Breakfast is quite the affair for the Danes and not to be missed! Head to Lyst in the trendy Nørrebro neighborhood to experience the Danish version of brunch. There are two options, meat or vegetarian. Whichever you choose, the meals are served on wooden cutting boards with a variety of little bits and bites to enjoy. From tiny pancakes to scrambled eggs and parsnip chips to rye bread (rugbrød), each component is uniquely delicious and completely Danish.
The Scandinavians consume the most coffee per capita annually, so they must know something about the brew. Stop by The Coffee Collective, with several locations throughout the city, to try it for yourself. The interior is minimally decorated, with only a few seats, putting all the focus on the coffee. If it’s a nice day, drink your coffee on the benches outside and soak up the atmosphere. Espresso-based drinks and drip coffee are equally good.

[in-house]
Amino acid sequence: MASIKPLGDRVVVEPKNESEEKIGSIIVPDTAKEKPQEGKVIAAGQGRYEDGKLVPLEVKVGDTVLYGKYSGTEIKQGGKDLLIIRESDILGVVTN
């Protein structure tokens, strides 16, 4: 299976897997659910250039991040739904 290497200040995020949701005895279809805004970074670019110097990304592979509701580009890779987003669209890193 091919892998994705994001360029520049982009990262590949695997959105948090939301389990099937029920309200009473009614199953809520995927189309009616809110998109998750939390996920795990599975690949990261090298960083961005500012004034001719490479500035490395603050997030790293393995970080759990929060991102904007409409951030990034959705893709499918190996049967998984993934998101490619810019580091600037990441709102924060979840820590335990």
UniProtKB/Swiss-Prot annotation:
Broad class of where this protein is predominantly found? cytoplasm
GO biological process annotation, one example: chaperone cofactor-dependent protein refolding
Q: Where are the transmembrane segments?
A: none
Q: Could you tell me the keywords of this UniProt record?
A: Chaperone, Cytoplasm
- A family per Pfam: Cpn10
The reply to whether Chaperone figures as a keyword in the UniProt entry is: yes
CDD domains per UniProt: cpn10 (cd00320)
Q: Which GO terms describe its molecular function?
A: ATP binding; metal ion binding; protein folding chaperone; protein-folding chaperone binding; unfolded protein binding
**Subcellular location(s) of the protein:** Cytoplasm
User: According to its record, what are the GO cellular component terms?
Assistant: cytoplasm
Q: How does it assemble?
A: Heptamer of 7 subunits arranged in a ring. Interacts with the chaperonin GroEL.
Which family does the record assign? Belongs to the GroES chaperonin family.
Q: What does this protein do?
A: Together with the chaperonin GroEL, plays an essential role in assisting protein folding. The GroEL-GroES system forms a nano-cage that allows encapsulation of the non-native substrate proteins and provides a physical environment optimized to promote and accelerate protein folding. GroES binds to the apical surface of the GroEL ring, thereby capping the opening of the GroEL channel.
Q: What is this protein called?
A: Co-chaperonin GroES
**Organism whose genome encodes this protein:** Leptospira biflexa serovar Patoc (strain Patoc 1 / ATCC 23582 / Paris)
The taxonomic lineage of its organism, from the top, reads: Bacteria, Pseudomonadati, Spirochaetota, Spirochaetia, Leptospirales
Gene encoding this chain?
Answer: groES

Go to Torvehallerne market and wander the stalls to work up an appetite. For a traditional lunch, opt for the smørrebrød from Hallernes — an open-faced sandwich that is described as Denmark’s national meal. The toppings for smørrebrød are seemingly endless and always look like a work of art. Choose the herring sampler to sample two Danish specialities at once. If herring isn’t your thing, you can find smørrebrød topped with cheese, eggs, beef and smoked salmon as well.
For those of us who can’t get a Noma reservation, a traditional Danish meal in a biergarten is the next best thing. Head to Hansens Familiehave in well-heeled Frederiksberg to enjoy an authentic Danish food with the denizens of Copenhagen. Opt for a Carlsberg on tap and make sure your meal comes with some potatoes and lingonberry jam (yes, like they sell at IKEA). As for mains, the fish is fantastic, the meat is prepared in a traditional manner and there are a couple of vegetarian options if you’re so moved.
Danish pastries may be well known, but there’s more to the country’s desserts than danishes and butter cookies. Lagkagehuset has several locations across the city and for good reason. Try a slice of lagekage — layer cake and the bakery’s namesake — or a two-layered cookie filled with jam that tastes like an improved Danish version of a pop tart. You’re sure to be wishing Danish desserts were easier to find in America!